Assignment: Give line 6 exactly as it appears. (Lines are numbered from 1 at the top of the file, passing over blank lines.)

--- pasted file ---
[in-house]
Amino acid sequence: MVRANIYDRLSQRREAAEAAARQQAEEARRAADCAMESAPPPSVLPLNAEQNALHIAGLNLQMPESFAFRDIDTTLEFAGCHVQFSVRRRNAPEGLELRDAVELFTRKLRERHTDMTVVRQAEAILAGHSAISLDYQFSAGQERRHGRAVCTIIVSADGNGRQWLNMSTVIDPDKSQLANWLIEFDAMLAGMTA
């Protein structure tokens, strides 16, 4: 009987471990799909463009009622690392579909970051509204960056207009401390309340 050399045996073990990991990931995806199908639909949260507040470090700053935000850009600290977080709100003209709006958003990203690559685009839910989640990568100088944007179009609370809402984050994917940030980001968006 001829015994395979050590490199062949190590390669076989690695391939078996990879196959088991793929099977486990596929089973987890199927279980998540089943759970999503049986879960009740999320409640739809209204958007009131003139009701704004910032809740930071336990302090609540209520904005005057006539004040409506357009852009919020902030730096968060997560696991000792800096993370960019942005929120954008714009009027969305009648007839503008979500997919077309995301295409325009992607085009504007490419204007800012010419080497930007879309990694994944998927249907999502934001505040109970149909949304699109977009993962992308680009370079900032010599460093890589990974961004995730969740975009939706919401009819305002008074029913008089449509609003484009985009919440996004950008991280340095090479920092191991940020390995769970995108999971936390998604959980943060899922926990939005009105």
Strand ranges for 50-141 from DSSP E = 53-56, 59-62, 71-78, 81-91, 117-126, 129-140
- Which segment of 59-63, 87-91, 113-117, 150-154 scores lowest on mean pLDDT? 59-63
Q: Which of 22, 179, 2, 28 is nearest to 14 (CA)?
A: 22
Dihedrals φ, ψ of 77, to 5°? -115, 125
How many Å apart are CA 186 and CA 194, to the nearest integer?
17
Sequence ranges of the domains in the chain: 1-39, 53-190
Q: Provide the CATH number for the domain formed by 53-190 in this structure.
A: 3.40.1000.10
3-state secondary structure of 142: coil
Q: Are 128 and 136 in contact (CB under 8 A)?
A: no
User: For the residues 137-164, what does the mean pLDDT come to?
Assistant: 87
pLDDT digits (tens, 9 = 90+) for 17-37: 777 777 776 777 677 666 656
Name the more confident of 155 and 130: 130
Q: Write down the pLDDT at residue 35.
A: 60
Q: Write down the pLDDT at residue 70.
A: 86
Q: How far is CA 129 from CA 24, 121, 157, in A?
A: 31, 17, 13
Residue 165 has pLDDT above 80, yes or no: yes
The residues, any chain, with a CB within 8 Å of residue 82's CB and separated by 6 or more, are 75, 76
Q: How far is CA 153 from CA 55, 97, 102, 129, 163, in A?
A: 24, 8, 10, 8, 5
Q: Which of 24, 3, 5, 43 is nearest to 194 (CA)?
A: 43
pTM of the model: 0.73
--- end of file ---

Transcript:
Q: Which of 22, 179, 2, 28 is nearest to 14 (CA)?